In the spring of 2004, our son, Parker, was three years old, and it seemed time to start thinking about schools. But in Charlotte, in 2004, there were few easy choices.
From the late 1960s through 2001, Charlotte had desegregated its schools through an extensive busing plan. Then, however, a court order ended that plan. As parents scrambled to find new places for their children, the city's schools were rapidly resegregating, by class and race.
Our neighborhood's assigned school, Shamrock Gardens Elementary, was no exception. Few residents of our affluent neighborhood sent their children to the school. Instead, they left the neighborhood, placed their children in magnets, or paid for private academies. With a student body that was 90 percent poor and 90 percent minority, Shamrock became a classic example of a resegregated school.
As a historian, I had studied Charlotte's past. I believed – and still believe – that desegregating the schools was a stunning accomplishment. Peter and I were appalled by the speed with which it was slipping away. We did not want to be part of that trend.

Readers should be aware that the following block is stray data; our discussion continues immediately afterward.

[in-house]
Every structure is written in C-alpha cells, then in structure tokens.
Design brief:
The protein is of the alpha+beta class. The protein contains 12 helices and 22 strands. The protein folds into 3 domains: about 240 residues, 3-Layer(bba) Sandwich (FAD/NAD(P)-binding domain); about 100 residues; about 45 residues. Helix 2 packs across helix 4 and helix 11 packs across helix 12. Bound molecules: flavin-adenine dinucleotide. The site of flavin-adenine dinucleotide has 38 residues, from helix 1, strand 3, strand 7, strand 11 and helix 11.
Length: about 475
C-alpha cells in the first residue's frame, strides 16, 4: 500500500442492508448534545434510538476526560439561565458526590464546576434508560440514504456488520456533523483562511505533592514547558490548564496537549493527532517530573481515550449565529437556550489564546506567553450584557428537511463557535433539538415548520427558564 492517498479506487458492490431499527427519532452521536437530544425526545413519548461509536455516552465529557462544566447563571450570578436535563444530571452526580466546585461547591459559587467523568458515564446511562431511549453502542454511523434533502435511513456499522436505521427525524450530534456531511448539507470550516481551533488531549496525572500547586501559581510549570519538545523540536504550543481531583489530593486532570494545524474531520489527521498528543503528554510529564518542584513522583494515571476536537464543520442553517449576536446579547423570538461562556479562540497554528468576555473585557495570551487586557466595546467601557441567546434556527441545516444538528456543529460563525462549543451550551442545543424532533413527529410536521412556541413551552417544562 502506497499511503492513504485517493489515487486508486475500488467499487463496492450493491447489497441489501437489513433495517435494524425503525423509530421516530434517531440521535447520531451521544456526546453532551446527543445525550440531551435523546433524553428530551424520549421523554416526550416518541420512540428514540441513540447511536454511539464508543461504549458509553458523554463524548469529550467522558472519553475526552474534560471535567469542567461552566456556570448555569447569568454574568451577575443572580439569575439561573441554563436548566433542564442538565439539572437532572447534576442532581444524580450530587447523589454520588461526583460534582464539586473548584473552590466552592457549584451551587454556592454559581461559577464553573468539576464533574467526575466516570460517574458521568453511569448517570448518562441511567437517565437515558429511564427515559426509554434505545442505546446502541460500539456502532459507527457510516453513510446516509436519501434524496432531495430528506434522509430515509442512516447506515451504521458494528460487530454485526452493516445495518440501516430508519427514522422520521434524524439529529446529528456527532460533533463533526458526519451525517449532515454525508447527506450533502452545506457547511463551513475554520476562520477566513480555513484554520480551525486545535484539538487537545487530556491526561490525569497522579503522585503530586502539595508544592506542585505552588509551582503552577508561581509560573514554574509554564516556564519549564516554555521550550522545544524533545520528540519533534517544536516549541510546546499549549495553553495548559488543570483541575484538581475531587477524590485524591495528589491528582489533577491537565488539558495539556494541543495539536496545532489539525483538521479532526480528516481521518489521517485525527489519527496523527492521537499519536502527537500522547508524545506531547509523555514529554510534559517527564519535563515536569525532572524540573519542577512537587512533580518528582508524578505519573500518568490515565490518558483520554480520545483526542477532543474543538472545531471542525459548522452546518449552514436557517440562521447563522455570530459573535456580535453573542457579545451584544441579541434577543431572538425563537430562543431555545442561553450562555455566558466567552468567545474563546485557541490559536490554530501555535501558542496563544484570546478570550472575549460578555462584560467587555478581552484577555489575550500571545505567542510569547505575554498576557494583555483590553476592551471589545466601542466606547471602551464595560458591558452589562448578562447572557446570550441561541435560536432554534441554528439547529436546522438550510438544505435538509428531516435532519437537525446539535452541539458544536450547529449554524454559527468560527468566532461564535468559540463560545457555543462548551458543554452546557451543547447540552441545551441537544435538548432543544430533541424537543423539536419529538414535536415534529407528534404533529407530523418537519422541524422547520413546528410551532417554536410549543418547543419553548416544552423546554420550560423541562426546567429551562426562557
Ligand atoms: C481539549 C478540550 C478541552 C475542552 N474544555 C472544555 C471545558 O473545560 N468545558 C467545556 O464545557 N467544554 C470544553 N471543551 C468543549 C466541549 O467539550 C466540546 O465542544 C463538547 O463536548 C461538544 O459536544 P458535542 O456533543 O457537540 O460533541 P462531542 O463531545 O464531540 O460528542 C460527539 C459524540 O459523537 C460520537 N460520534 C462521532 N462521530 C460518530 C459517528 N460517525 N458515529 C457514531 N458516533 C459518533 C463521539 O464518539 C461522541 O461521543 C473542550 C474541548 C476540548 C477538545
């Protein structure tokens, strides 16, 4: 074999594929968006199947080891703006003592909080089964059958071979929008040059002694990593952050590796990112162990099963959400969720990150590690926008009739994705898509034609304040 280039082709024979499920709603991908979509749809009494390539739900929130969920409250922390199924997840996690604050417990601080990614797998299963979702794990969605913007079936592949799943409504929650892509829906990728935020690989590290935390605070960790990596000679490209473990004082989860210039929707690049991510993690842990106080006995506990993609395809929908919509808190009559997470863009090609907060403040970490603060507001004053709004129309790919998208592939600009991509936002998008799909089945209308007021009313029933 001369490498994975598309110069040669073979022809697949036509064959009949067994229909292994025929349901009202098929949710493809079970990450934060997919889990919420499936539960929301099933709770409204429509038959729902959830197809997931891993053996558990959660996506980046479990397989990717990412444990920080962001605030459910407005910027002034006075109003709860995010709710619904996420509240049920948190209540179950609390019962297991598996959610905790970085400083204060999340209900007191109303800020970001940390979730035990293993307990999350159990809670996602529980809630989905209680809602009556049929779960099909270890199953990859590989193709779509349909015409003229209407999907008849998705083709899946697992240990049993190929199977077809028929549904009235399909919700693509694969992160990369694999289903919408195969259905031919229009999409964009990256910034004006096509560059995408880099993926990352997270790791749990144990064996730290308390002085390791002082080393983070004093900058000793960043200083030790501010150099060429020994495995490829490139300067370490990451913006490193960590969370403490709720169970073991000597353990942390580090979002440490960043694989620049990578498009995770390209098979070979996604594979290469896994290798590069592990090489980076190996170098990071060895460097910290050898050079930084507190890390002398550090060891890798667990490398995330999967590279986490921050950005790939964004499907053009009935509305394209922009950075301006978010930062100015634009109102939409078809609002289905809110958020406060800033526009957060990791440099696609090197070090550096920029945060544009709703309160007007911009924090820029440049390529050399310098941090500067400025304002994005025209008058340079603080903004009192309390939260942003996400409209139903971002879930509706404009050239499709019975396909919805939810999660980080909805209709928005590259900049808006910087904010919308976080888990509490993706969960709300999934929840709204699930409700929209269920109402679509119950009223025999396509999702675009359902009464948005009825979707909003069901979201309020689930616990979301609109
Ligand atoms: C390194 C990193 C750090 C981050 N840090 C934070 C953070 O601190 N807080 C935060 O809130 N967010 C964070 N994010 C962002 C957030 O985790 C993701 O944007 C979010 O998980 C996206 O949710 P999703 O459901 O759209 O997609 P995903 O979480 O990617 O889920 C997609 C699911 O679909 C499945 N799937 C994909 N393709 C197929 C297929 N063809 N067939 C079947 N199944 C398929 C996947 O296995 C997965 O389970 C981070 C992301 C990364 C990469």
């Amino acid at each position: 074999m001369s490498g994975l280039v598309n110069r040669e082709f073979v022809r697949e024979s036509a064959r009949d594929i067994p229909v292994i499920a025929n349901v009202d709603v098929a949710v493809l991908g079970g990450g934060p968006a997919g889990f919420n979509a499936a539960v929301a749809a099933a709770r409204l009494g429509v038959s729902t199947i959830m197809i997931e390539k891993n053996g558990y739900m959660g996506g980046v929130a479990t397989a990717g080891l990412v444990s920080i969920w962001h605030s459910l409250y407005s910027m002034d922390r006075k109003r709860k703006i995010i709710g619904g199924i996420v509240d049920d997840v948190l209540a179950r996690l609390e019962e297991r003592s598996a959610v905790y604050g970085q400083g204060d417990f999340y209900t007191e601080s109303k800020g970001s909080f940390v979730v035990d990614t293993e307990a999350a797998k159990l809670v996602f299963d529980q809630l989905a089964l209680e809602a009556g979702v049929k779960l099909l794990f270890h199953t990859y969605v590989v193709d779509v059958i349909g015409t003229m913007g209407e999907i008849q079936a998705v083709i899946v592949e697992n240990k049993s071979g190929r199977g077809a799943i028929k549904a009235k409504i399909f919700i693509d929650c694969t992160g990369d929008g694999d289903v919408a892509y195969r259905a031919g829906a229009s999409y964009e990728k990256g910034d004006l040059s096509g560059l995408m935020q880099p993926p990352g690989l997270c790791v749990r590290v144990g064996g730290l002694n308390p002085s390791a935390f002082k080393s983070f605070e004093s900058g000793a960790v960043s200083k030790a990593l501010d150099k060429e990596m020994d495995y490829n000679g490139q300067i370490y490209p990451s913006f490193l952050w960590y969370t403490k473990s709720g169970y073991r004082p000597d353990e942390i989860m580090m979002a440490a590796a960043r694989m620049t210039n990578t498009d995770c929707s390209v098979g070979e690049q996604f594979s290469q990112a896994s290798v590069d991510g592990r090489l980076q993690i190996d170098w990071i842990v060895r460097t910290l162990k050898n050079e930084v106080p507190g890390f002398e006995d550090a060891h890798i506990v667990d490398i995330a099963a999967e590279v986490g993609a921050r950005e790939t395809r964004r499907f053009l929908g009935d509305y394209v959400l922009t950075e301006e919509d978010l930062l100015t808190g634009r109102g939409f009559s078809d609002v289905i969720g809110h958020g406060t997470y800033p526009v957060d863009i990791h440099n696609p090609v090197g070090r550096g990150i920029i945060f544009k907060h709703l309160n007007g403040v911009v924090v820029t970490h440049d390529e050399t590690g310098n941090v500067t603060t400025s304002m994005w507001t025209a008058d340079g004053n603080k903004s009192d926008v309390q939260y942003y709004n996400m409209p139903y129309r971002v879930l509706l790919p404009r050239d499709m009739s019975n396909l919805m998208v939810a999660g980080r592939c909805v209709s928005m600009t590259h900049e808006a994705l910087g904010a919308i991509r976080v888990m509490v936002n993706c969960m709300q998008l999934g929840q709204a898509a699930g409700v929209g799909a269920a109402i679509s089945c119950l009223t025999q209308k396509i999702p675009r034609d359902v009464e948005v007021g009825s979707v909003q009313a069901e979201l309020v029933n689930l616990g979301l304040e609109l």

We began to volunteer at Shamrock, and quickly came to love the staff and students. Working with a group of supporters, we convinced the school district to put a small gifted/enrichment program at the school, to ensure that advanced students would have the challenges they needed. Then we began to talk to neighbors.
It proved an uphill battle. People often lamented the way our neighborhood's children were scattered across magnet and private schools. But those other schools beckoned. There were language immersion programs. There was an all-gifted academy. There was a new private school right downtown. There was a brand-new public Montessori.
In the fall of 2006, neighborhood kids scattered as usual. Not one of Parker's friends started Shamrock with him.
Luckily, new friends were waiting.